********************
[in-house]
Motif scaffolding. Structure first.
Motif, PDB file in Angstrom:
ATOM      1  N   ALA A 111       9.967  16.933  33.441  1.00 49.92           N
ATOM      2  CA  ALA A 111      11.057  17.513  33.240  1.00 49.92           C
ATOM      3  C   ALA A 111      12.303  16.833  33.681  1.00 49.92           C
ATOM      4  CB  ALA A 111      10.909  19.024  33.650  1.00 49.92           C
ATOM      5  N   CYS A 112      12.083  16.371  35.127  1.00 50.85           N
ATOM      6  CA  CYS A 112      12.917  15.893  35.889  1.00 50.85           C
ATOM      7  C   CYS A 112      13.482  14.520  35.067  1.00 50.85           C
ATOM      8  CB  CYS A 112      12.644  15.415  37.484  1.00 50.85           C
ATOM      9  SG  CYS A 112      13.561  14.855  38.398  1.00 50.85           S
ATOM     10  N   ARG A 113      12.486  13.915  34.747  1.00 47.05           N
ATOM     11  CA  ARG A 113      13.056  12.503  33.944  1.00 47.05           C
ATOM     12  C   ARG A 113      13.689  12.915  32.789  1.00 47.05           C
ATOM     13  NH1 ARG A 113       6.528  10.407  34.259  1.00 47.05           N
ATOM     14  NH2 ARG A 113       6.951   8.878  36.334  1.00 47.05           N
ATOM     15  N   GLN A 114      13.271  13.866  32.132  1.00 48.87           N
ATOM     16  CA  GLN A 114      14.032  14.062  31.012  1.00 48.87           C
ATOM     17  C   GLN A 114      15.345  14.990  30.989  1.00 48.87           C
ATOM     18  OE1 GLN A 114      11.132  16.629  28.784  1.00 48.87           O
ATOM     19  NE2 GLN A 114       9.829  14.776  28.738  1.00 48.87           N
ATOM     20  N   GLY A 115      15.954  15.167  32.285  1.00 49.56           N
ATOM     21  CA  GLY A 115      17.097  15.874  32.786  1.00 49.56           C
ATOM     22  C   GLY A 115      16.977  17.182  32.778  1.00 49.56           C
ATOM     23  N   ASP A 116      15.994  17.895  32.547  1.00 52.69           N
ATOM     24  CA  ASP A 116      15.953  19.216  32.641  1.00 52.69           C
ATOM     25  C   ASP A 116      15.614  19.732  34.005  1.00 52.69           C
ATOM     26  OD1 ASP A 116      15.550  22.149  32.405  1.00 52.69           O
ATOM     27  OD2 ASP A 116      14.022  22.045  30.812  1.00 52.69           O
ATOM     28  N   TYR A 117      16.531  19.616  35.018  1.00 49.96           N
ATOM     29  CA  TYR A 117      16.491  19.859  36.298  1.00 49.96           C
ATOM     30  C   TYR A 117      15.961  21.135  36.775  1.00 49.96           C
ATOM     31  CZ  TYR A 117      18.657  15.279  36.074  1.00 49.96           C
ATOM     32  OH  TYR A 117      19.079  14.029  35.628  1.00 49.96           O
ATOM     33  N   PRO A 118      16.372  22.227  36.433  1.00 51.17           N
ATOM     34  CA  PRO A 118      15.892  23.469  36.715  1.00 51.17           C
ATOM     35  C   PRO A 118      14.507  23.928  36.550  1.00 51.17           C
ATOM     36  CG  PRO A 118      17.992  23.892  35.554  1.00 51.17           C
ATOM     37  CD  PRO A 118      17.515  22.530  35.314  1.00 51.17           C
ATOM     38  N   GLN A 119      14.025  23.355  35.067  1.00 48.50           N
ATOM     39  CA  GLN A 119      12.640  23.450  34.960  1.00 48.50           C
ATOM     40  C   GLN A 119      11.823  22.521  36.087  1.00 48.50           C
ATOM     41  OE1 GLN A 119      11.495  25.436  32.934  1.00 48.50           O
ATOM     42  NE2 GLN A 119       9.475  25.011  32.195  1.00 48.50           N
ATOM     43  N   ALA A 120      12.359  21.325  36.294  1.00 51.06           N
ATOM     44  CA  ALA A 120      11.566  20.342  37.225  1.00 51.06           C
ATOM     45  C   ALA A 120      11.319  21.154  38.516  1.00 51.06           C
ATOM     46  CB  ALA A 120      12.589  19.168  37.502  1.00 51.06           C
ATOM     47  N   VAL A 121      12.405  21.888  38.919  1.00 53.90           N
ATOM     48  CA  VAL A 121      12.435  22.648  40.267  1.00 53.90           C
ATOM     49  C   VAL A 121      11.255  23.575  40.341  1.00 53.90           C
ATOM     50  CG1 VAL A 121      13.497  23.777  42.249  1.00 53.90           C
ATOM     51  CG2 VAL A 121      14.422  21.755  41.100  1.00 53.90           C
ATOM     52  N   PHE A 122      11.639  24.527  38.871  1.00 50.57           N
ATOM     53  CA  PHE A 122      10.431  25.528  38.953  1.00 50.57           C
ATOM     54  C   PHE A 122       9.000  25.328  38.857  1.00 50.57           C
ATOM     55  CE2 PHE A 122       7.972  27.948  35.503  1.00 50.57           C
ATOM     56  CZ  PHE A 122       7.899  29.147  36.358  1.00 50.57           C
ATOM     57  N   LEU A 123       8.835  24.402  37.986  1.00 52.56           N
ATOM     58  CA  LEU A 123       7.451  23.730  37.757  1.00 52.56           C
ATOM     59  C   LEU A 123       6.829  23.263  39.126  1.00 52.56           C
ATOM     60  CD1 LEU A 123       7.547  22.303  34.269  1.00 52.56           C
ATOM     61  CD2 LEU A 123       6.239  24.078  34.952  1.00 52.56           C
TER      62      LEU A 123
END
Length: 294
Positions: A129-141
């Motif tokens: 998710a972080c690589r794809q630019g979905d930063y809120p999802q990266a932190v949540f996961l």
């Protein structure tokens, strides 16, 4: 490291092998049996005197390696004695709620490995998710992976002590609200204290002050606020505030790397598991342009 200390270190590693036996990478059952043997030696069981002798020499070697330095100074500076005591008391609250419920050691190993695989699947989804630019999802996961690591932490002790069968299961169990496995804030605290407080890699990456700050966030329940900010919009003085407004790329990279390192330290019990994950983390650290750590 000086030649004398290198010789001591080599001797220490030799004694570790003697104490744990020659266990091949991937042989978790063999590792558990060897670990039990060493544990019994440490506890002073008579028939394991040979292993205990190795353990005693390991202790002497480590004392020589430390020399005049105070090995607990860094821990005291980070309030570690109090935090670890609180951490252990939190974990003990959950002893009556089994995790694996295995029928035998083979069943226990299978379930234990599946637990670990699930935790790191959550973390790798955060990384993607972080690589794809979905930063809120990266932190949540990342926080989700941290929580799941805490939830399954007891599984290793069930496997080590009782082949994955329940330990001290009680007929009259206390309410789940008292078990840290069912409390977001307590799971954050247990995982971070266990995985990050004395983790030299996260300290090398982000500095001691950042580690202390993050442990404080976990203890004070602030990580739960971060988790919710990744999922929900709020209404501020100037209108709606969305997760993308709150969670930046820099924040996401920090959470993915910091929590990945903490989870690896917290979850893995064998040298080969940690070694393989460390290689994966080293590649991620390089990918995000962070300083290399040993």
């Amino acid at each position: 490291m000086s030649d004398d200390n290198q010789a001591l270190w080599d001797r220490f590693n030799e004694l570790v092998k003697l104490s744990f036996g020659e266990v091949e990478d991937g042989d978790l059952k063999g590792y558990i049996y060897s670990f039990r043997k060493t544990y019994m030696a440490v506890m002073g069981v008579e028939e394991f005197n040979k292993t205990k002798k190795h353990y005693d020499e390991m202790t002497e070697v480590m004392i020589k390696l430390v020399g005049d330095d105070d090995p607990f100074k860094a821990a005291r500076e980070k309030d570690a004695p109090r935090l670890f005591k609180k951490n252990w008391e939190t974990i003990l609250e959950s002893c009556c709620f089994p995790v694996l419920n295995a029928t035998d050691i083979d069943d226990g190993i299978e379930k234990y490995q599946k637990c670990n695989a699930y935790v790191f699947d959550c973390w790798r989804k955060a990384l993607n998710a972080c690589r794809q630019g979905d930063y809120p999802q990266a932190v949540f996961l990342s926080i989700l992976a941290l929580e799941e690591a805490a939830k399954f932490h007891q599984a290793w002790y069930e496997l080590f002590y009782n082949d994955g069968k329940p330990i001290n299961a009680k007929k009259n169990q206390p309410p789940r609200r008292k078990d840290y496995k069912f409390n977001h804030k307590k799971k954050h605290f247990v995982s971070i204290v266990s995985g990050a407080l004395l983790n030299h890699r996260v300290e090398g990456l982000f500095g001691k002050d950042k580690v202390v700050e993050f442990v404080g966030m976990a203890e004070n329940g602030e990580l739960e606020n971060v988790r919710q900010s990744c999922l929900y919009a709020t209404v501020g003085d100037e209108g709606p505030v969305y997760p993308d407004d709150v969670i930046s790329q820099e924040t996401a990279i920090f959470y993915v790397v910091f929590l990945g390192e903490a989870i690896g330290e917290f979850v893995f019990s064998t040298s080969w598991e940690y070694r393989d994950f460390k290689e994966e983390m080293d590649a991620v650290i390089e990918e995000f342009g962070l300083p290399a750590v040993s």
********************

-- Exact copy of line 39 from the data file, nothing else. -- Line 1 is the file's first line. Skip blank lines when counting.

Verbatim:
ATOM     36  CG  PRO A 118      17.992  23.892  35.554  1.00 51.17           C